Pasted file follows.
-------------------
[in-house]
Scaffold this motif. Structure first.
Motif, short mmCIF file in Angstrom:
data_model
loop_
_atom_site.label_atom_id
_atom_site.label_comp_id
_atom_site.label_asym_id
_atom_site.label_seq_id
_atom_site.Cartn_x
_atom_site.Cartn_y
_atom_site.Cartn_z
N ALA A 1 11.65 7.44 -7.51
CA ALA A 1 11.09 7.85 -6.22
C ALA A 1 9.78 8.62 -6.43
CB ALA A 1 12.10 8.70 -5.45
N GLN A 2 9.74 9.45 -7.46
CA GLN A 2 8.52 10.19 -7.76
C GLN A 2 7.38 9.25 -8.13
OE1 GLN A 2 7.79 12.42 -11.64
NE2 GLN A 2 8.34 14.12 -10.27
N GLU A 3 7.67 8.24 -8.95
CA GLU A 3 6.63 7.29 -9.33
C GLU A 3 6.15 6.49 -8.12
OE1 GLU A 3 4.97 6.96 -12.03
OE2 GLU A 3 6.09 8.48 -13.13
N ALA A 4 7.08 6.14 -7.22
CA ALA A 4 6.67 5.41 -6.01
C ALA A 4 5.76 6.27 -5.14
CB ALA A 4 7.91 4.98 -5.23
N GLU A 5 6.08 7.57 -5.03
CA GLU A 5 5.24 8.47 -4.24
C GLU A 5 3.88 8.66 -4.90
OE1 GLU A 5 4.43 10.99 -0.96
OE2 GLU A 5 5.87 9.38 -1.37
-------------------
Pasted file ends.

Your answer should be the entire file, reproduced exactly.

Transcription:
[in-house]
Scaffold this motif. Structure first.
Motif, short mmCIF file in Angstrom:
data_model
loop_
_atom_site.label_atom_id
_atom_site.label_comp_id
_atom_site.label_asym_id
_atom_site.label_seq_id
_atom_site.Cartn_x
_atom_site.Cartn_y
_atom_site.Cartn_z
N ALA A 1 11.65 7.44 -7.51
CA ALA A 1 11.09 7.85 -6.22
C ALA A 1 9.78 8.62 -6.43
CB ALA A 1 12.10 8.70 -5.45
N GLN A 2 9.74 9.45 -7.46
CA GLN A 2 8.52 10.19 -7.76
C GLN A 2 7.38 9.25 -8.13
OE1 GLN A 2 7.79 12.42 -11.64
NE2 GLN A 2 8.34 14.12 -10.27
N GLU A 3 7.67 8.24 -8.95
CA GLU A 3 6.63 7.29 -9.33
C GLU A 3 6.15 6.49 -8.12
OE1 GLU A 3 4.97 6.96 -12.03
OE2 GLU A 3 6.09 8.48 -13.13
N ALA A 4 7.08 6.14 -7.22
CA ALA A 4 6.67 5.41 -6.01
C ALA A 4 5.76 6.27 -5.14
CB ALA A 4 7.91 4.98 -5.23
N GLU A 5 6.08 7.57 -5.03
CA GLU A 5 5.24 8.47 -4.24
C GLU A 5 3.88 8.66 -4.90
OE1 GLU A 5 4.43 10.99 -0.96
OE2 GLU A 5 5.87 9.38 -1.37